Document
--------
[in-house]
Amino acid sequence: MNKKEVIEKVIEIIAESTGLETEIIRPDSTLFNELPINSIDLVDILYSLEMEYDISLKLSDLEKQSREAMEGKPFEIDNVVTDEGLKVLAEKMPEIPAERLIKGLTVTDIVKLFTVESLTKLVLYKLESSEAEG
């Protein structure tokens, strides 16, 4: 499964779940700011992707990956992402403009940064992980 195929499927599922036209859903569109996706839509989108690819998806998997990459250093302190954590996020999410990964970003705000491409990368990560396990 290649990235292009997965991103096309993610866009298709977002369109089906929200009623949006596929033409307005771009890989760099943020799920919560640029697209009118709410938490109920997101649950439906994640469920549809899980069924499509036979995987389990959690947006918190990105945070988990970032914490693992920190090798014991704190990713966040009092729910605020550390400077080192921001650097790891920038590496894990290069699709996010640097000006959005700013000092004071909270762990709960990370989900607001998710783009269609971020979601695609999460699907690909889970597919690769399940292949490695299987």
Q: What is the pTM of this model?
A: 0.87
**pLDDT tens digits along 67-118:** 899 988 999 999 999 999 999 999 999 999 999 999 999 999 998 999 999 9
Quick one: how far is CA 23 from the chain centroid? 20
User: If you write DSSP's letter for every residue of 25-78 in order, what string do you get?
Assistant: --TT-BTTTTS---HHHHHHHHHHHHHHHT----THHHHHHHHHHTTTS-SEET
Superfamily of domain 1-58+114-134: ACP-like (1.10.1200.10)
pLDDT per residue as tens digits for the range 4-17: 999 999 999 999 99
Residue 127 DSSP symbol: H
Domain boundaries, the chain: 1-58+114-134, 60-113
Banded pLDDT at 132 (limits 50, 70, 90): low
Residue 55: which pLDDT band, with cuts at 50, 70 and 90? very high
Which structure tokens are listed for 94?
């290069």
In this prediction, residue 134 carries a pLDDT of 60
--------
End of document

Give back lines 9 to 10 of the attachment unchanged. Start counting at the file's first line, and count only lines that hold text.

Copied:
Assistant: --TT-BTTTTS---HHHHHHHHHHHHHHHT----THHHHHHHHHHTTTS-SEET
Superfamily of domain 1-58+114-134: ACP-like (1.10.1200.10)